Monday, March 07, 2016

Women's History Month 2016: Tip #6 Name Variations

Whether it's handwritten or  a computer document, start a name list.
(c) 2016. Gena Philibert-Ortega
What was her name?

That may seem like a stupid question. But I want you to really think about what your ancestor's name was.

Was her name the very popular Elizabeth? Or was it Liz, Beth, Betty or some other variation? If she married, her name most likely changed. She went by Elizabeth Smith and then marriage made her Elizabeth Reynolds or Mrs. G.K. Reynolds.

What was her name?

It's important not to get in the rut of assuming her name was always just Elizabeth. That's when you miss important mentions of her life.

So right now, create a list of her name variations. Consider all kinds of variations that incorporate initials (both her and her husband's), middle names, and her husband's name variations. Your list might look something like this:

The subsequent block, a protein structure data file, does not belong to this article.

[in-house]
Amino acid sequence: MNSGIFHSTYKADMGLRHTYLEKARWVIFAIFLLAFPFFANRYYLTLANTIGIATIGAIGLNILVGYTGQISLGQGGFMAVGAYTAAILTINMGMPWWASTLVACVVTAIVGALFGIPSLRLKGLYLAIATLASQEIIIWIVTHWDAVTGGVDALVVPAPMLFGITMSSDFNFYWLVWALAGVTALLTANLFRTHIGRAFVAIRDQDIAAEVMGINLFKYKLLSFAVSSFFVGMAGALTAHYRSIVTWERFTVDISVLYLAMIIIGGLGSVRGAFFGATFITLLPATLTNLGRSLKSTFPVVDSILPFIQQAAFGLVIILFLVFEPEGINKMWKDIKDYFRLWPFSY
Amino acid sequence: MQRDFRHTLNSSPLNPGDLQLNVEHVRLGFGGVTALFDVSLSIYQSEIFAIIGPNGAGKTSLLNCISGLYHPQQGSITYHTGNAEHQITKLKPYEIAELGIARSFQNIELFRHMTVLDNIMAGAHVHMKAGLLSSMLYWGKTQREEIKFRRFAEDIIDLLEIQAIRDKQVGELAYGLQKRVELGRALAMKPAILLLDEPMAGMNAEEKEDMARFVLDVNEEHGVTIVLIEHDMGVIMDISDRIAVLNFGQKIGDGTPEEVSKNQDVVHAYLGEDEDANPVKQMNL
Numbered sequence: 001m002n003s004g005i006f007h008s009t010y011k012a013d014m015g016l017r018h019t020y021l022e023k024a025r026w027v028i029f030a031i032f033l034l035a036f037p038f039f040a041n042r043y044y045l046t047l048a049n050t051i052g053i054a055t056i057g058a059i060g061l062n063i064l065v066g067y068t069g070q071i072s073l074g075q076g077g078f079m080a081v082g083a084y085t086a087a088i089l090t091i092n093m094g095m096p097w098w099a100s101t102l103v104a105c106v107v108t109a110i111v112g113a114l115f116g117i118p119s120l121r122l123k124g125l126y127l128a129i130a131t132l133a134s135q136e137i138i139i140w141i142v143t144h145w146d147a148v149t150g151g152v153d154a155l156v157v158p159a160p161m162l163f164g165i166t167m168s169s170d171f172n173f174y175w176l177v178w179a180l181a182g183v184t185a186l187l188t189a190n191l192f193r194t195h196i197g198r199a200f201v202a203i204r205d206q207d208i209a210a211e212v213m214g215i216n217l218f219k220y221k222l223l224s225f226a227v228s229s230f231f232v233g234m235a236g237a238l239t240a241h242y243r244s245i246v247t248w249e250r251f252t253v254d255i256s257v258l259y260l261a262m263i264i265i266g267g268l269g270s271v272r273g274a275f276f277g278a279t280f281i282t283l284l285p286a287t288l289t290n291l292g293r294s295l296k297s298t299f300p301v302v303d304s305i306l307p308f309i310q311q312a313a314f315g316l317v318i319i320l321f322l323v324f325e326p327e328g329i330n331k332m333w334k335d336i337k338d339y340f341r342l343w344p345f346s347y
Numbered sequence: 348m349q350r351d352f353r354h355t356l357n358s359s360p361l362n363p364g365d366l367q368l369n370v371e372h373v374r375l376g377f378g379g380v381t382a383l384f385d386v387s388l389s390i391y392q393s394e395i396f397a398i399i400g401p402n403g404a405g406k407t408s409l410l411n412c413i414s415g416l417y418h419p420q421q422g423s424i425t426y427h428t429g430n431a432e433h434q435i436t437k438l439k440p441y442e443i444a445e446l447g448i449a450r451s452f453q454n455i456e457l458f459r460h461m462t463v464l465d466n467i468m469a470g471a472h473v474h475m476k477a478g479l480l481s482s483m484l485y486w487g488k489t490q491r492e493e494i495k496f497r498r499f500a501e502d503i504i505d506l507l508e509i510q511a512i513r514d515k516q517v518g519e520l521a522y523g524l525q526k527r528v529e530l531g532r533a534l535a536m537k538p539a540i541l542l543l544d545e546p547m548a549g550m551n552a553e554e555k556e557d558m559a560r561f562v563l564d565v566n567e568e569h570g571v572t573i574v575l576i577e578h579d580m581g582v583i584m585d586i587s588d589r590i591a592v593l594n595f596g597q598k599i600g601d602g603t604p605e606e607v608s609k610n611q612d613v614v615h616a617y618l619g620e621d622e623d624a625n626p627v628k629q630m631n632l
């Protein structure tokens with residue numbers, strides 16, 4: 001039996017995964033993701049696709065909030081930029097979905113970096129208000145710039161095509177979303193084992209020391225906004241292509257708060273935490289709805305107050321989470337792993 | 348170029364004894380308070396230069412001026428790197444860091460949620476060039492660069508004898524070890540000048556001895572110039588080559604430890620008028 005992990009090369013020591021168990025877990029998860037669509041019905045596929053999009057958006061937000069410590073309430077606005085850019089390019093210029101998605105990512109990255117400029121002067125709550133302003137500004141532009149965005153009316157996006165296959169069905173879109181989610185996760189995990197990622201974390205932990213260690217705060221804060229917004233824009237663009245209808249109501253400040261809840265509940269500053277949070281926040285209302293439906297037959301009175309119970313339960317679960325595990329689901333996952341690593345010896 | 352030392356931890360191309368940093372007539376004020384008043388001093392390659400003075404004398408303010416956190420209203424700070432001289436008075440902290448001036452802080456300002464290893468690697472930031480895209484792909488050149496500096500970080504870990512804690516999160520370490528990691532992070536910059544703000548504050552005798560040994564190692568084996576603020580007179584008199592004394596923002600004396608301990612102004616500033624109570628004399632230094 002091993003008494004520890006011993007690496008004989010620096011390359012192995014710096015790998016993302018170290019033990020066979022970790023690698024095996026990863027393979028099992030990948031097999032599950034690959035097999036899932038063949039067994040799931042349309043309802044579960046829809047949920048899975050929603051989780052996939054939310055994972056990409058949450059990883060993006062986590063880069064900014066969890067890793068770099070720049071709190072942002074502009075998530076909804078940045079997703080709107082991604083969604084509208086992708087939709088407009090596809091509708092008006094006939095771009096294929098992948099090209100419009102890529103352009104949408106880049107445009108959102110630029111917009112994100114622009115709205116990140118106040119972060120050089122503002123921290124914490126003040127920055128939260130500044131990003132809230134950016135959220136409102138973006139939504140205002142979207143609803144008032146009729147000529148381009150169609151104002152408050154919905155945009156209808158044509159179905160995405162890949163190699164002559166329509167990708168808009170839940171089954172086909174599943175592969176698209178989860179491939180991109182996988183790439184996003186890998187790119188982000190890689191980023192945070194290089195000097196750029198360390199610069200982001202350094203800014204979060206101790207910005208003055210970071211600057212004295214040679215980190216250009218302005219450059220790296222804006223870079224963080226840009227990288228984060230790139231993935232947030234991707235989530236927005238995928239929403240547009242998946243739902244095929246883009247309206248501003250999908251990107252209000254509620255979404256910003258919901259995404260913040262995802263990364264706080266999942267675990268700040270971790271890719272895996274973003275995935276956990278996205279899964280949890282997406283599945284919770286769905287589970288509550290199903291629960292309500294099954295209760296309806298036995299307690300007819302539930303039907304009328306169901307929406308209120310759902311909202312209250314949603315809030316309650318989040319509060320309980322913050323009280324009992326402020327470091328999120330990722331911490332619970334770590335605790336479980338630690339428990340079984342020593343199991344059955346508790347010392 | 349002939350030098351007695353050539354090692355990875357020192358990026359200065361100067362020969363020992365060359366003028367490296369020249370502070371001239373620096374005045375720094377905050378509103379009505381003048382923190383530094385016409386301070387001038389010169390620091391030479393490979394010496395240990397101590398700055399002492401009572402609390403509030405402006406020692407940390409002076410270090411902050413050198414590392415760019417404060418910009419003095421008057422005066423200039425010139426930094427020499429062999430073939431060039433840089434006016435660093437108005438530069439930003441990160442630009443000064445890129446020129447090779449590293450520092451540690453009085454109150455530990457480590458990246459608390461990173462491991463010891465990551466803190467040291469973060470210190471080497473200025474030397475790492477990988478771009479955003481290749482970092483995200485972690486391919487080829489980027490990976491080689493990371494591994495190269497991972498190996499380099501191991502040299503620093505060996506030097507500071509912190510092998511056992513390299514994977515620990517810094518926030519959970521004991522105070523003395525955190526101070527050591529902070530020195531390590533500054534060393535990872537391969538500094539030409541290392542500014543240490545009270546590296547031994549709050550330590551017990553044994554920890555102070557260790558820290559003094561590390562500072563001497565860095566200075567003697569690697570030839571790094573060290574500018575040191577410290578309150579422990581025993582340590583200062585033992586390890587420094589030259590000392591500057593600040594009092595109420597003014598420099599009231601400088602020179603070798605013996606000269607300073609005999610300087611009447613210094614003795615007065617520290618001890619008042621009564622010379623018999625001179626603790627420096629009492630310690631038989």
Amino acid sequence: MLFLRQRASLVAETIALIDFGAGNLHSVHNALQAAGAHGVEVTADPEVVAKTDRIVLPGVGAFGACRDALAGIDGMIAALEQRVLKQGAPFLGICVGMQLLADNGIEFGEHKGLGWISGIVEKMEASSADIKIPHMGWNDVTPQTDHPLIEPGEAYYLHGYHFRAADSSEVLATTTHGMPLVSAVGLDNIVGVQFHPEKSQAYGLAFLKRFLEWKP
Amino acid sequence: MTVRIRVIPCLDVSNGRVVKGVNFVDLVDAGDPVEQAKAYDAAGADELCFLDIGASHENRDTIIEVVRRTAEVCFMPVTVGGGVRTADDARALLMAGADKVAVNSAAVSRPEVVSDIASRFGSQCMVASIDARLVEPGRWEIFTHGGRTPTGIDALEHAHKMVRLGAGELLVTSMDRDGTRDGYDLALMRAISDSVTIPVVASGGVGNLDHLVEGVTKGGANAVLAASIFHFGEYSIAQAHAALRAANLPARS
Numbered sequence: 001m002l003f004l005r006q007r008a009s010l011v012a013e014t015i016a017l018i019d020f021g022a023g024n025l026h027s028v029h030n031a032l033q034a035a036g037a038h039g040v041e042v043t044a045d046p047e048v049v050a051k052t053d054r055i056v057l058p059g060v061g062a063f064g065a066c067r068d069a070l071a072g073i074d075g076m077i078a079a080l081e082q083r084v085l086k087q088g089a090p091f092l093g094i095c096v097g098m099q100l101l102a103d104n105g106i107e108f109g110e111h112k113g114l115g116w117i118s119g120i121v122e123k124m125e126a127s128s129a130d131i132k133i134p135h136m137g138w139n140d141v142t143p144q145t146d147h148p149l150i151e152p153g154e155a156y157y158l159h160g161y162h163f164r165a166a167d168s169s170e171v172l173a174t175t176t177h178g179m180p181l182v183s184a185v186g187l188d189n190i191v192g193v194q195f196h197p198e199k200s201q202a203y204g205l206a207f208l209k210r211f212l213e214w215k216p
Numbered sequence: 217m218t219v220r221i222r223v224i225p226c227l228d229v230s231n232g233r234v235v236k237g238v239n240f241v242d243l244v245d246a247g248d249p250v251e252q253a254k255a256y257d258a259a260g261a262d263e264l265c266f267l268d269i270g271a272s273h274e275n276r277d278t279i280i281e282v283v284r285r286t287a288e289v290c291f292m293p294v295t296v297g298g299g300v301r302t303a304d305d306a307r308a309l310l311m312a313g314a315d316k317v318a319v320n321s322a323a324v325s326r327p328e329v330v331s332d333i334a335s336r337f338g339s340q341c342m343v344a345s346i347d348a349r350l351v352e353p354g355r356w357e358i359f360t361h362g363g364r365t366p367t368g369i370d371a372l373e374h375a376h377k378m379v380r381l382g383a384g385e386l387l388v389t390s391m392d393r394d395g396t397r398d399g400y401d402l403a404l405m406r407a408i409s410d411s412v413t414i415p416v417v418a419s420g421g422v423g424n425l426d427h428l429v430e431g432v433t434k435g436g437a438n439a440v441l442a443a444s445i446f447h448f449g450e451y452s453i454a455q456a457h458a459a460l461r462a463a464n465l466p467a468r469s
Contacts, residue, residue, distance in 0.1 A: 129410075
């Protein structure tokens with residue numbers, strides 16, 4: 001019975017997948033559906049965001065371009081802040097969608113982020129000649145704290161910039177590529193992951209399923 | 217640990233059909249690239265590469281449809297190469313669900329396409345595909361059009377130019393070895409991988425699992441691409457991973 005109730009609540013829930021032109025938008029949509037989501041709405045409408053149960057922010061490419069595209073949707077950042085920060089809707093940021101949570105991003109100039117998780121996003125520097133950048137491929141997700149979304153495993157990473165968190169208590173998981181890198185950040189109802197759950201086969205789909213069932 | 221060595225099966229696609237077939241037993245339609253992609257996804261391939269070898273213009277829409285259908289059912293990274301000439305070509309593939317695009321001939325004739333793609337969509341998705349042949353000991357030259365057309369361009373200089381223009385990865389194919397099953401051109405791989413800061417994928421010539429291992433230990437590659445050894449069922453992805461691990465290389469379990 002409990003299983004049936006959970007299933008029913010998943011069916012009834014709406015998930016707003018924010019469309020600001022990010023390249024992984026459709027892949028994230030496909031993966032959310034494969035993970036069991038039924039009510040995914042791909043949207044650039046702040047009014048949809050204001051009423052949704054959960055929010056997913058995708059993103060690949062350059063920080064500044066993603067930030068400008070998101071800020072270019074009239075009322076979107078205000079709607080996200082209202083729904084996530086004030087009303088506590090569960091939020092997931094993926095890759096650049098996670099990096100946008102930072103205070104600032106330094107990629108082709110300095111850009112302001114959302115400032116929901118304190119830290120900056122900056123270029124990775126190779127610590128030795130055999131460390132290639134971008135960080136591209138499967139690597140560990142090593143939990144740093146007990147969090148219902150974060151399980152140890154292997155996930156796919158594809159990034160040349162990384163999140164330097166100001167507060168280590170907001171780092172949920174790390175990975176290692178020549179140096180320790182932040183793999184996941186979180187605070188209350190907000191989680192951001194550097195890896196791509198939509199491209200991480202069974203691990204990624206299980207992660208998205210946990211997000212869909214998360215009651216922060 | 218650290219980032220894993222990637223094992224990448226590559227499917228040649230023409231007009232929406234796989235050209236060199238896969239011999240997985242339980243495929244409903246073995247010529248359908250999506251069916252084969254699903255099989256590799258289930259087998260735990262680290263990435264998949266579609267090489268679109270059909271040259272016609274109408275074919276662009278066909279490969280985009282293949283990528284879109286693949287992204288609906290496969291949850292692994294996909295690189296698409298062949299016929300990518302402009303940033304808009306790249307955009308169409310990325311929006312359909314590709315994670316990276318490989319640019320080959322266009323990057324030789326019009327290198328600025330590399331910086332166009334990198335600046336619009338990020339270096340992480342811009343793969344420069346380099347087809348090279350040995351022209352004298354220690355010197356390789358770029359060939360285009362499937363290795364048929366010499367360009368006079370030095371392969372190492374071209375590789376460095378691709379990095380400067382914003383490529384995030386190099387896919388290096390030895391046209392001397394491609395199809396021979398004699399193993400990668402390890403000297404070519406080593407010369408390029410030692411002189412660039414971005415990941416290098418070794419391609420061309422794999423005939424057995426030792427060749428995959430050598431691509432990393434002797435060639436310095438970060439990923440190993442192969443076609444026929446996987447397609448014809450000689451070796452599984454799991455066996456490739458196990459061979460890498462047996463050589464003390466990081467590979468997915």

Elizabeth Grace Smith        Elizabeth Grace Reynolds
Elizabeth G. Smith              Elizabeth G. Reynolds
E. Grace Smith                  Mrs. G.K. Reynolds
Liz Smith                            Mrs. George K. Reynolds
E.G. Smith                          Mrs. Liz Reynolds            
Miss Smith

Now add to that list all the possible misspellings. Not sure what those can be? A child or even a teenager might be a good person to ask. They will sound it out and guess the spelling.

Why is all of this important? Your ancestor's name is not spelled or indexed correctly in every document or newspaper article. And they or the person providing their name may not have referred to them with the same name as you are typing in that search engine.

Keep this list near your research and use it every time you search. Don't risk not finding something important because you were searching on the wrong version of her name.


Linda Herrick Swisher said...

Remember the children's rhyme,
"Elizabeth, Elspeth, Betsy and Bess,
They all went together to seek a bird's nest.
They found a bird's nest with five eggs in,
They all took one, and left four in."
(All are nicknames for the same person.)

Gena Philibert-Ortega said...

I LOVE that Linda. I had never heard that rhyme before. Thanks so much for sharing it.